I read this this morning, on Andrew Sullivan. I lift it from there, because it captures the essence of what I've been trying, far less eloquently, to say for months. The quote is by Henry Fairlie, a person I admit to not knowing, in a book I admit to not having read. (The "Detroit" in the comment refers to the Republican convention there, in 1980.)
"The America which Europe fears is the America of the Reaganites. The America once of the Scopes trial; the America of prohibition; the America of ignorant isolationism. The America then of ‘‘better dead than red’’; the America of McCarthyism; the America of the last fundamentalists of the 1950s. The America now of the new evangelicals; the America of the Moral Majority; the America of a now ignorant interventionism; the America which can see homosexuals as a conspiracy; feminists as a conspiracy; perhaps even women as a conspiracy.It's the paradox. The far-right fear-mongerers claim to love this country. But they most certainly do not. They love their own ideas, their fears, their hatreds. They do not love democracy, the Constitution, or the idea that elections have consequences. They do not love the melting pot, the vibrancy of cities, the marketplace of ideas. They do not love the sort of discourse on which a democracy is based, on which it depends. They love shouting down, lying, and denying.
The America of fear. For it is in fear that the ungoverned and the unfree are doomed to live. And there was this America in control at Detroit. It is time that we reminded ourselves, and said aloud and more often, that it is from these people that nastiness comes. It is time that we pointed out to the neo-conservatives that democracy has never been subverted from the left but always from the right.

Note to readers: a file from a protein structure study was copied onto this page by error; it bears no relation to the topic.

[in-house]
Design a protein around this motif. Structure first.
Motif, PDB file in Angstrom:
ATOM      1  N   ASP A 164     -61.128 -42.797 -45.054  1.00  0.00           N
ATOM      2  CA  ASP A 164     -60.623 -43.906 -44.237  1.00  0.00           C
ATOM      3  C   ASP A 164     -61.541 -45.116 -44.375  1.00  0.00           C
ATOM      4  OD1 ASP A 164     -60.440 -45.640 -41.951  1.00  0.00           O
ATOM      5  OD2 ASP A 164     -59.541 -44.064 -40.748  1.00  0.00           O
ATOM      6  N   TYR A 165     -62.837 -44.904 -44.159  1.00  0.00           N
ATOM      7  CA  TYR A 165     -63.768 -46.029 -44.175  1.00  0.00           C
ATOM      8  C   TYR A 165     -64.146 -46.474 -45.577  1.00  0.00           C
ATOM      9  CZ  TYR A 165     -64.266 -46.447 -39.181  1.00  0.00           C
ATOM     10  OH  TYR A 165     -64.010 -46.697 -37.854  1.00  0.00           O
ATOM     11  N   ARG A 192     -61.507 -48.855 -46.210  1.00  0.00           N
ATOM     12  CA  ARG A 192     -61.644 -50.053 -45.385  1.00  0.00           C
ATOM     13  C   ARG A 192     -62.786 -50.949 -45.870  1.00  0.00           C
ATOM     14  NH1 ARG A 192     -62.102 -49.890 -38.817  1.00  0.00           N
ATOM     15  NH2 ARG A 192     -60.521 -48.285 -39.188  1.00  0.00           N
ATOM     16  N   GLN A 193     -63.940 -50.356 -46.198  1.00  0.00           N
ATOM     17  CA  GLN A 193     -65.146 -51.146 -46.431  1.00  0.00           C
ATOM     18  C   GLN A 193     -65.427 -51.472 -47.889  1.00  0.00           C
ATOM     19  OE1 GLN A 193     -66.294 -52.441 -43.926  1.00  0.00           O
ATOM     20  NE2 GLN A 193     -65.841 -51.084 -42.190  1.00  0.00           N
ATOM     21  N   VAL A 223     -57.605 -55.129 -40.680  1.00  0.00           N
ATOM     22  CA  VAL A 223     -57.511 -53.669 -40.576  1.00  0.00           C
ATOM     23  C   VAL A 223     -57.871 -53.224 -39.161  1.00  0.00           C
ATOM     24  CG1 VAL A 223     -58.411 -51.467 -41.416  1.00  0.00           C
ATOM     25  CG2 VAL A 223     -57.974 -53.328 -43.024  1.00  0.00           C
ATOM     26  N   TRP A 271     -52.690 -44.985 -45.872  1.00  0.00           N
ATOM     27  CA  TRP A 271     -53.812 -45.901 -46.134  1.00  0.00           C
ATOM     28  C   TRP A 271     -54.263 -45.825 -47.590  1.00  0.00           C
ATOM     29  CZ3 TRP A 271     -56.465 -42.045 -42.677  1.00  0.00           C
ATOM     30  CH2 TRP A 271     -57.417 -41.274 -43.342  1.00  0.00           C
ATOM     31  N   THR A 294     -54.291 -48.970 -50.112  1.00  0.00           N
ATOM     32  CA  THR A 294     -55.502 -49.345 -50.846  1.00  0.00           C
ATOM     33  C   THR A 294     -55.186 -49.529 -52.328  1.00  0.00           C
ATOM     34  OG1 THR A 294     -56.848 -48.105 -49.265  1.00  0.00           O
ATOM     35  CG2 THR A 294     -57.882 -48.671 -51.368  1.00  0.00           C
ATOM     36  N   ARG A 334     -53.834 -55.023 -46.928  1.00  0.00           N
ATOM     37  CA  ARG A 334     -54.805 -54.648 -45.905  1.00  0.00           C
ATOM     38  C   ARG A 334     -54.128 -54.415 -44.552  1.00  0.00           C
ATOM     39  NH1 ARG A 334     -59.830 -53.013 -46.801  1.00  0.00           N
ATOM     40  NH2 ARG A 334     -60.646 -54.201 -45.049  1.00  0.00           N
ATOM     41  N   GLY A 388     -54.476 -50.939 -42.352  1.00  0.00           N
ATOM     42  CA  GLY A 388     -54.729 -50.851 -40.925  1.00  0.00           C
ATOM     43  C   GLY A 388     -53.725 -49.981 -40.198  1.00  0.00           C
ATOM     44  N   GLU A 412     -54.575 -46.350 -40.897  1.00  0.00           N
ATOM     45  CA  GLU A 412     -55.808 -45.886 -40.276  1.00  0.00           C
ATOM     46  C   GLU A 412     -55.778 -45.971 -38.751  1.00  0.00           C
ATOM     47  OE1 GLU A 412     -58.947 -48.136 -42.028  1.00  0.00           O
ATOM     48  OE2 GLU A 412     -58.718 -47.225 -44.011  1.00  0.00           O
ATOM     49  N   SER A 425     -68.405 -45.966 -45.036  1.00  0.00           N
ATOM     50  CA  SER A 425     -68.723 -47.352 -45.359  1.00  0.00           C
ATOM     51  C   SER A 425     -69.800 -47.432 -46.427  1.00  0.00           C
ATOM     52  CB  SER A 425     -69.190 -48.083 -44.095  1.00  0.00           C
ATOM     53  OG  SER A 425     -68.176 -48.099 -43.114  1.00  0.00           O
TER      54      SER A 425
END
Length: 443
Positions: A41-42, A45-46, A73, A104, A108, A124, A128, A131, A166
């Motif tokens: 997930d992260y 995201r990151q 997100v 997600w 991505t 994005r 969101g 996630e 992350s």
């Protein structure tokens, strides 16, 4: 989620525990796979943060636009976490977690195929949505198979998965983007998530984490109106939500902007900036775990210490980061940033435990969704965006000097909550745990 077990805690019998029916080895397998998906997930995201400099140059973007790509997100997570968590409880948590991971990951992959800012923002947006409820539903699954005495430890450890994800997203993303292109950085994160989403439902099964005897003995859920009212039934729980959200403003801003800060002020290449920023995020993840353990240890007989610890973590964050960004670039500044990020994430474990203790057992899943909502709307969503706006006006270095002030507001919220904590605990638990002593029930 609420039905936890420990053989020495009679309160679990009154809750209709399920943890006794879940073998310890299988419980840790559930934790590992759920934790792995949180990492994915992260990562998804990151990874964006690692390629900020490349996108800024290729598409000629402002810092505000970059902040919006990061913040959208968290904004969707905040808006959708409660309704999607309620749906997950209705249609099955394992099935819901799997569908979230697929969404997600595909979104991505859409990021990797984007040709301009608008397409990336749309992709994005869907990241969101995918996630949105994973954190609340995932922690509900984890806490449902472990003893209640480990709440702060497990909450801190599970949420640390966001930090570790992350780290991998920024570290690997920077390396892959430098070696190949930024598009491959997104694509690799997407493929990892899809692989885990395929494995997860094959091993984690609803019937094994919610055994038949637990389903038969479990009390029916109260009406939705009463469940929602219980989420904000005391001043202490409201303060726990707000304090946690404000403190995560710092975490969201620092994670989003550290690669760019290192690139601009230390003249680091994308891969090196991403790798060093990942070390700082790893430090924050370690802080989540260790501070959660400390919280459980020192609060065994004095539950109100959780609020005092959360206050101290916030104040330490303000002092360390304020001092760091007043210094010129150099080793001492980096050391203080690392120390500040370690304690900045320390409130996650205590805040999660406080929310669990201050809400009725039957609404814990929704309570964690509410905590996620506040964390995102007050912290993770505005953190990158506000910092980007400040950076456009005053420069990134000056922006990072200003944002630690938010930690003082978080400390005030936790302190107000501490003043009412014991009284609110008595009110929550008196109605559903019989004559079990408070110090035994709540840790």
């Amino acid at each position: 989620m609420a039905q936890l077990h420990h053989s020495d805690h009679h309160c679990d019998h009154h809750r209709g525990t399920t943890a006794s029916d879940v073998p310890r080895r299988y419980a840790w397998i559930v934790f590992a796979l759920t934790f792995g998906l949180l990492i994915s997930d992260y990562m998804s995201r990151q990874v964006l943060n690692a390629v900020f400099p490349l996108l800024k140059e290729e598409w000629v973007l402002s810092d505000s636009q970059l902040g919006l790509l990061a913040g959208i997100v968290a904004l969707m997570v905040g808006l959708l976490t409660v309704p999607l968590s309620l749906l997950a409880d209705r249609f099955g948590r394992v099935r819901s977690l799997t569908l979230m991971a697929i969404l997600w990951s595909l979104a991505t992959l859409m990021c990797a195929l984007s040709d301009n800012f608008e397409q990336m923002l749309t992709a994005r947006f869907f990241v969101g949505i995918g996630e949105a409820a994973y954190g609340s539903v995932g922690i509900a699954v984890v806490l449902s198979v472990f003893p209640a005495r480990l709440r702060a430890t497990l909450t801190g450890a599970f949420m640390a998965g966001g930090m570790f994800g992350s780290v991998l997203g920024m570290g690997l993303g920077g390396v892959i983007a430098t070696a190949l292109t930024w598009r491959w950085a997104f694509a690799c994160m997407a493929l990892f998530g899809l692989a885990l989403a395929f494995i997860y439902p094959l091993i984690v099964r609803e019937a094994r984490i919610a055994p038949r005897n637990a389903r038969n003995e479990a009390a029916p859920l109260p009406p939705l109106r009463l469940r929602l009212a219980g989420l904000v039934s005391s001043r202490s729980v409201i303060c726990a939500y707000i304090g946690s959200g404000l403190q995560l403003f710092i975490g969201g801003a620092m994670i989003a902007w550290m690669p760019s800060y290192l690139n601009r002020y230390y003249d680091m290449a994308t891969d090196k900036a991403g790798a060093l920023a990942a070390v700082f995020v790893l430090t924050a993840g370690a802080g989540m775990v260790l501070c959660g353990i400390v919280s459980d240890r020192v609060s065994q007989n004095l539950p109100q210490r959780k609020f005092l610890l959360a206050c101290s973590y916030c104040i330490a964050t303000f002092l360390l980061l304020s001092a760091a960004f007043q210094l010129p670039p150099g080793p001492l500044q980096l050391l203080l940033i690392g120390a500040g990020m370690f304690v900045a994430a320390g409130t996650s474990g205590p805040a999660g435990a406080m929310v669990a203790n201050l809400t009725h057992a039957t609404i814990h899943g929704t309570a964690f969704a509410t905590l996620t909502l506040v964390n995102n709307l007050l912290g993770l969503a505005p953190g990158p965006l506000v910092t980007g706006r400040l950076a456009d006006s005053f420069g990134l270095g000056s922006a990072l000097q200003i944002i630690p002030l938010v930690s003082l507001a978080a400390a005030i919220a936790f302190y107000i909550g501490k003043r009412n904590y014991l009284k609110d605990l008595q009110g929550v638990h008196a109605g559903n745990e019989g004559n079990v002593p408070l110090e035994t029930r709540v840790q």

No democracy has fallen to communism, without an army; many democracies have fallen to fascism, from within. The Reaganites on the floor were exactly those who in Germany gave the Nazis their main strength and who in France collaborated with them and sustained Vichy. If the neo-conservatives cannot sniff danger, surely the rest of us can be alert."
In dark times, I've sometimes taken comfort from the idea -- based more on hope than anything else -- that a society probably only needs a small number of brilliant people to keep it going. To invent the next antibiotic, to discover the next fuel, to write the next song. Is one percent enough? I have no idea. But when I see kids getting genius grants, winning rare scholarships (many, if not most, immigrants or first generation Americans), I take a little comfort that they may be able to cancel out the hate and stupidity that passes for discourse in our politics, to negate the general dumbing-down.
But then I read the latest outrage from any of the RWS™ -- the hate and stupidity and unrepentant lies -- and I think, no, I'm wrong. A few geniuses, a few people who still love the country in all its messy colors, may not be enough. You can't create geniuses. But the constant bombardment of lies, relentlessly aimed at people too frightened to stop and think, can create enough anger to spill the soup, to burn us all. Stupid spreads. Hate spreads. Genius doesn't.
If there have always been fear-based politics and demagoguery, it's never had the infrastructure that we see now: a perfect storm of angry airwaves; a pure propaganda cable network peopled by the egomaniacal and ill-informed; members of Congress elected not for their intelligence and thoughtfulness or willingness to do tough work, but for their hyper-partisanship; masses of poorly educated people made to feel threatened and disenfranchised as ones very unlike them ascend to prominence and power; and, yes, the internet. It's testing the limits of our form of government.
From what I see, it looks like it's not going to work out.
[And for those who might think it elitist or condescending to refer to uneducated masses, read this.]